2014-08-01 – EPA – USACE – Independent Technical Review for Operable Unit 1 at the West Lake Landfill Site

Independent Technical Review for Operable Unit 1 at the West Lake Landfill Site
The West Lake Landfill Site is on a parcel of approximately 200 acres located in
the northwestern portion of the St. Louis metropolitan area. It is situated approximately
one mile north of the intersection of Interstate 70 and Interstate 270 within the limits of
the city of Bridgeton in northwestern St. Louis County. The Missouri River lies about 1.5
miles to the north and west of the Site.
The Site consists of two radiologically contaminated landfill cells comprising
Operable Unit 1 (OU-1) and the Bridgeton Sanitary Landfill (Former Active Sanitary
Landfill) and several inactive areas with sanitary and demolition fill that have been
closed comprising OU-2. Land use at the site and the surrounding areas in Earth City is
Other facilities which are not subject to this response action are located on the
200-acre parcel including concrete and asphalt batch plants, a solid waste transfer station,
and an automobile repair shop.
The Site was used agriculturally until a limestone quarrying and crushing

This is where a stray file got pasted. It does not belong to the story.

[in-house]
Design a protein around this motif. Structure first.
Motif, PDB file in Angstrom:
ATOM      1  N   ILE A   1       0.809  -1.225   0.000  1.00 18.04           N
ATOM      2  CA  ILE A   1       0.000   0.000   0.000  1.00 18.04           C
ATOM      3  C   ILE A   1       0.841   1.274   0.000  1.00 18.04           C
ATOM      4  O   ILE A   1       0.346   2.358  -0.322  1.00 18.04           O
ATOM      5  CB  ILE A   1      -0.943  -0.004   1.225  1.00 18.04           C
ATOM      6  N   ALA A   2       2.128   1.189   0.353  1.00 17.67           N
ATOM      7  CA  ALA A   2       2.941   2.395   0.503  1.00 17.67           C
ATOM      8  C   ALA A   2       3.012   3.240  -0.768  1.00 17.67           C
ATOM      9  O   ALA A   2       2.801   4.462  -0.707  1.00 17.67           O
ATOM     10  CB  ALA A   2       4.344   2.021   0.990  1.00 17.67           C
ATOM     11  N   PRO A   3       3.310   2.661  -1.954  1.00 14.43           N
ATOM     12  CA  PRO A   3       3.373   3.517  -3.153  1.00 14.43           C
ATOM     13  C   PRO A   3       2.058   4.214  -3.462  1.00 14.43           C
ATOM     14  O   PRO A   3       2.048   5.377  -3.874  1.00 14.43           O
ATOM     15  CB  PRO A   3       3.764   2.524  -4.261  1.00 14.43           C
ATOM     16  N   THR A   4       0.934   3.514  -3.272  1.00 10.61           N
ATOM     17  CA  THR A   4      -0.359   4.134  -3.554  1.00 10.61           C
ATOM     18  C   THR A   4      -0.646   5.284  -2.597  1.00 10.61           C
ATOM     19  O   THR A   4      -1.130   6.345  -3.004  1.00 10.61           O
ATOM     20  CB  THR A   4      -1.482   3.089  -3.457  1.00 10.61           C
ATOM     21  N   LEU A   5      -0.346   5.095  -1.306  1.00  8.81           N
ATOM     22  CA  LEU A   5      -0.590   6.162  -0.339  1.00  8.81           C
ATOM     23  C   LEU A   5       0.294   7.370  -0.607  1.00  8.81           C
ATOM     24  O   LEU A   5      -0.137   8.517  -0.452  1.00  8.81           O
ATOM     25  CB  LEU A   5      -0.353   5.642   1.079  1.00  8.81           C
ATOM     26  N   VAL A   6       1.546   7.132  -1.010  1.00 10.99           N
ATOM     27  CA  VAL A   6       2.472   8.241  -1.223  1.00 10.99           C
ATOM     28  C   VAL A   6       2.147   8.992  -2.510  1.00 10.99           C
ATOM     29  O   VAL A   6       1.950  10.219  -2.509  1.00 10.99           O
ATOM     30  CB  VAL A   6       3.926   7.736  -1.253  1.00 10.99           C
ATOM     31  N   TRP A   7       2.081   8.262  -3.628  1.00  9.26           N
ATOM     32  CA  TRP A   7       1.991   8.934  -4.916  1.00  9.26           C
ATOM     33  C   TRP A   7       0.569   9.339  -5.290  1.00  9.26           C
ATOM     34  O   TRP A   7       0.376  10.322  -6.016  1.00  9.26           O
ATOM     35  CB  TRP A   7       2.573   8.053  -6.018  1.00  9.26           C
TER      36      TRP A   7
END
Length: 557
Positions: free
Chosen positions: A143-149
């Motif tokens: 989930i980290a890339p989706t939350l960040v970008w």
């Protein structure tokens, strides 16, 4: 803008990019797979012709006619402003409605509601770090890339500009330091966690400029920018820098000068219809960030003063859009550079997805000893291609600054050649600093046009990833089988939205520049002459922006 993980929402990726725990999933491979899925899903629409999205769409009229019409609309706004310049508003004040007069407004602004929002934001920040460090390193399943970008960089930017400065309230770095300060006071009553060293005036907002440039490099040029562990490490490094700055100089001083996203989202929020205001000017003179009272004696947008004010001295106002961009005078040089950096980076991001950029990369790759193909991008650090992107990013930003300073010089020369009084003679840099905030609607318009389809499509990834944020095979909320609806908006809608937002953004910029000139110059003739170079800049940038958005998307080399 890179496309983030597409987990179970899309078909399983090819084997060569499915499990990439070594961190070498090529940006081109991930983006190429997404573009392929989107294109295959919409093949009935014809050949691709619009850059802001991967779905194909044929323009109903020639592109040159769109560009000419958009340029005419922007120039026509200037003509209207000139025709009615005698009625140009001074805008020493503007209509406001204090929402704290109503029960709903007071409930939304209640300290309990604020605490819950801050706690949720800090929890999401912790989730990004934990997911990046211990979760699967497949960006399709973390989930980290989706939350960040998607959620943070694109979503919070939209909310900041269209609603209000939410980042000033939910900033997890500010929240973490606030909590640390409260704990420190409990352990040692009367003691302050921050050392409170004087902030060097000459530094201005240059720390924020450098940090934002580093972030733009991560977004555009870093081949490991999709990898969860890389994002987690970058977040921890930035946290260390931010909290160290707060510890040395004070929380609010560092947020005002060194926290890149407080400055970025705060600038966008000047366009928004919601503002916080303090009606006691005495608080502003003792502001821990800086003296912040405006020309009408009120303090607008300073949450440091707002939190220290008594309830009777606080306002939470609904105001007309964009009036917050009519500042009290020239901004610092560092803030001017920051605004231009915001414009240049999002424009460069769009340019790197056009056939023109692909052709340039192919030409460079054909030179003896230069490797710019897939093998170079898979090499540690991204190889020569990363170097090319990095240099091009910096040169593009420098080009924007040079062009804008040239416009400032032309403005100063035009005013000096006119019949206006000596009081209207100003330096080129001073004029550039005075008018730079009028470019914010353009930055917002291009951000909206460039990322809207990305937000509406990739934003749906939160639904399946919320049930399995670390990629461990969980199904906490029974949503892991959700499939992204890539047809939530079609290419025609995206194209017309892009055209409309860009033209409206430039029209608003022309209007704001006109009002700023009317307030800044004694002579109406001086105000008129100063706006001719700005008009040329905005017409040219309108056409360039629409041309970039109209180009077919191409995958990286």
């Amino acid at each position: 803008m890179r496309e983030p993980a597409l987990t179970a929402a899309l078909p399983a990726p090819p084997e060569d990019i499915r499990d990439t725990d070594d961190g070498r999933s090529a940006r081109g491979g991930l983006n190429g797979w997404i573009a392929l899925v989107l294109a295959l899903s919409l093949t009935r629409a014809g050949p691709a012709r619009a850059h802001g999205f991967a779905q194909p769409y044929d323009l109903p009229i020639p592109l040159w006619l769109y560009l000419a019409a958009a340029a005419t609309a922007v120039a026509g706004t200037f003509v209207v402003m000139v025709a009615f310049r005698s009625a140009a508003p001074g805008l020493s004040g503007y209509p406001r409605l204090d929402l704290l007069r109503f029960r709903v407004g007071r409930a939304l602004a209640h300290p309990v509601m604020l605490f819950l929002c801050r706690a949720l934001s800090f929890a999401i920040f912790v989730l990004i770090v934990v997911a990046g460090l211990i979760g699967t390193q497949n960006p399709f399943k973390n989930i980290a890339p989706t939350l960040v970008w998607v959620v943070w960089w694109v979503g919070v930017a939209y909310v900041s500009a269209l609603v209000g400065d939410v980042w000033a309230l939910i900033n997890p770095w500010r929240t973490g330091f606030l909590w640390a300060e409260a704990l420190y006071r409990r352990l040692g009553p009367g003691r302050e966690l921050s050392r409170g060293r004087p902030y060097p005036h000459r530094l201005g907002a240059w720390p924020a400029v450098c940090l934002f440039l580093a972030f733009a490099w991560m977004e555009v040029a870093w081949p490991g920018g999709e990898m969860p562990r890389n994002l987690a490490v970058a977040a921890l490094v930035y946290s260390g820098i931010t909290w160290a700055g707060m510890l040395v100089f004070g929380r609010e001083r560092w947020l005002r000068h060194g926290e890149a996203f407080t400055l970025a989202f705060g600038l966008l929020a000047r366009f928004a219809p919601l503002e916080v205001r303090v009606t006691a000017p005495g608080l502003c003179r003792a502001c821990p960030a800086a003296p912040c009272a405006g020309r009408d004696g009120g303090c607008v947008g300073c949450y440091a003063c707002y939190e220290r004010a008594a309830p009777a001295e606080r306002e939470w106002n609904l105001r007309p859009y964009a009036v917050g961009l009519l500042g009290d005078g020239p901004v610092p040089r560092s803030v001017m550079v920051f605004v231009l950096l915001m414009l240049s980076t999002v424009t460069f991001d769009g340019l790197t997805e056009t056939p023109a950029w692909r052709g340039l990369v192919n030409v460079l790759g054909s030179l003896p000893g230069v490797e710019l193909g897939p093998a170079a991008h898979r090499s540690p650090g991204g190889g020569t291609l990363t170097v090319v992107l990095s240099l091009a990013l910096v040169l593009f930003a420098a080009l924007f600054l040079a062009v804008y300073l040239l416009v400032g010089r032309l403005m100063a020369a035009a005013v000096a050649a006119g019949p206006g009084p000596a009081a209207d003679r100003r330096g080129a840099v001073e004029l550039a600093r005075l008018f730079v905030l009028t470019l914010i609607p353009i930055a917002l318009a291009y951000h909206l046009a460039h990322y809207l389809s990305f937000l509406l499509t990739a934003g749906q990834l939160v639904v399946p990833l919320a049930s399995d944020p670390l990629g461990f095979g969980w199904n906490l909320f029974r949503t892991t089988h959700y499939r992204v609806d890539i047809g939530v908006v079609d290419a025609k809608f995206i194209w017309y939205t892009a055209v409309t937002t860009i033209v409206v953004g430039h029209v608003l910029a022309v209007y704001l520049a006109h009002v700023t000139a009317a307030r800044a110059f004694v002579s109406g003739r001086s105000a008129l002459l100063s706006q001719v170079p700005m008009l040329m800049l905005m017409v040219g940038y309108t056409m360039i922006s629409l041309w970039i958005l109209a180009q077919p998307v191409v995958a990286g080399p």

operation began in 1939. The quarrying operation continued until 1988 and resulted in
two quarry pits. Beginning in the early 1950s, portions of the quarried areas and adjacent
areas were used for landfilling municipal solid waste (MSW), industrial solid wastes, and
construction/demolition debris. These operations were not subject to state permitting
because they occurred prior to the formation of the Missouri Department of Natural
Resources (MDNR) in 1974. Two landfill areas were radiologically contaminated in
1973 when they received soil mixed with leached barium sulfate residues.
The barium sulfate residues, containing traces of uranium, thorium, and their longlived
daughter products, were some of the uranium ore processing residues initially
stored by the Atomic Energy Commission (AEC) on a 21.7 acre tract ofland in a then
undeveloped area of north St. Louis County, now known as the St. Louis Airport Site
(SLAPS), which is part of the St. Louis Formerly Utilized Sites Remedial Action
Program managed by the U.S. Army Corps of Engineers (USACE)